Gold has a Weird Reputation, But It Tells Us Something Interesting About the U.S. Economy

More and more American investors have been looking for the one magical place in the economy where their money is risk-free, while still generating a healthy return. Whenever investors perceive instability in the financial markets or when the inflation is too high, the demand for gold increases.

The past two weeks have been particularly tumultuous for the American financial sector: stock indexes dropped after news that Silicon Valley Bank had become insolvent. In what has been dubbed the “largest failure since the financial crisis,” the bank was seized by regulators after a huge bank run (customers withdrawing money) made it impossible for the bank to restructure its debts. The case of SVB is a particularly good case to explain the problems with inflation. Silicon Valley Bank’s debts were caused by the decline in value of the government bonds on its balance sheet. Government bonds are basically government loans with interest from banks and investors. The traded value of bonds declines when their interest (the extra money the government has to pay back) falls below the interest rates of the economy. Then these bonds become worthless in the short term. SVB’s reserves were tied into these government bonds, and they could not hold on to them (which would have made a profit later on). To pay off their short-term debts, SVB was forced to sell their bonds at the current market value, creating a huge loss. This whole problem had to do with inflation from past year and this year. In the first place, government bonds were so low in value because the Federal Reserve had raised the interest rate in the American economy to combat inflation. This then led to the demise of SVB, who depended on these bonds. That is why investors have been looking into a safe haven, which often is gold. Concerns around the banking sector have directly influenced the price of gold and gold futures (speculative gold assets), making them surge in times of uncertainty. Both the war in Ukraine (a risk for the American and global economy) and the problems of other banks like Credit Suisse and First Republic caused a one-year high in the global gold price. Although some analysts say that both gold and cash are safe havens, other analysts just prefer gold because it does well in bad times.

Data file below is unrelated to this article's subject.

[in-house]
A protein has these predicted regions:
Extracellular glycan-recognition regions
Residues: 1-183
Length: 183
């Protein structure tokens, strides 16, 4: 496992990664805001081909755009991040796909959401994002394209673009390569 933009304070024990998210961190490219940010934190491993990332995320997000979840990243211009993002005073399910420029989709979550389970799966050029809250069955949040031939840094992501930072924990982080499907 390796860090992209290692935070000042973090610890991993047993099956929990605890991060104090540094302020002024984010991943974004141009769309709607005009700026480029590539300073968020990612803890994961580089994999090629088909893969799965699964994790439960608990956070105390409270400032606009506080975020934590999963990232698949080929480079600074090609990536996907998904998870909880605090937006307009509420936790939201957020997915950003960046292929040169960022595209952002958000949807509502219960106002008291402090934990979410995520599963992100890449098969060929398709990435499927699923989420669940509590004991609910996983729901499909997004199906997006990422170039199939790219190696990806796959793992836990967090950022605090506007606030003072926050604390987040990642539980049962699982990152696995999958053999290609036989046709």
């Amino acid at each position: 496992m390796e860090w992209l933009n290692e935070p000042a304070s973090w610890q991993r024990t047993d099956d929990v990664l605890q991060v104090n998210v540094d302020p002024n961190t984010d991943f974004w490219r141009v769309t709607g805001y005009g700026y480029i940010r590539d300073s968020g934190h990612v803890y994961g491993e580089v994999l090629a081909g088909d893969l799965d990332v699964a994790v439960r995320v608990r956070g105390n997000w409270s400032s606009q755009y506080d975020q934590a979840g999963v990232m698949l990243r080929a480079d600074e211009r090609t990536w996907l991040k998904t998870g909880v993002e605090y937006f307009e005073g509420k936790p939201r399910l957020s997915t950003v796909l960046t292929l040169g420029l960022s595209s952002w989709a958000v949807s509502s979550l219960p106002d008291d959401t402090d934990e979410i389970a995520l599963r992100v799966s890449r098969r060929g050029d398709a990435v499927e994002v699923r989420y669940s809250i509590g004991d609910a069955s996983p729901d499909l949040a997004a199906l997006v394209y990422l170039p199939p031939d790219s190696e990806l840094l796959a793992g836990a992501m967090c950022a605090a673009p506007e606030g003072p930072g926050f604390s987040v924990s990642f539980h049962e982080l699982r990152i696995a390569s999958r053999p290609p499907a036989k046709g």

It is not a new phenomenon that people love owning gold when stuff hits the fan. Some investors long for the golden era in which the value of the dollar was actually tied to the value of gold. This was the period before the United States went off the gold standard in 1933. The gold standard meant that a specific amount of dollars could be converted to gold and vice versa. But the government could not catch up with the demand for gold during the Great Depression. The public had lost faith in the value of paper money, and the masses wanted to convert their money back to gold. But the gold reserves were limited, and the US government did not want to deplete the reserves and risk bankruptcy. With the help of an agricultural economist who convinced Roosevelt that commodity prices were very unstable under the gold standard, Roosevelt unhooked the value of the dollar from the value of gold.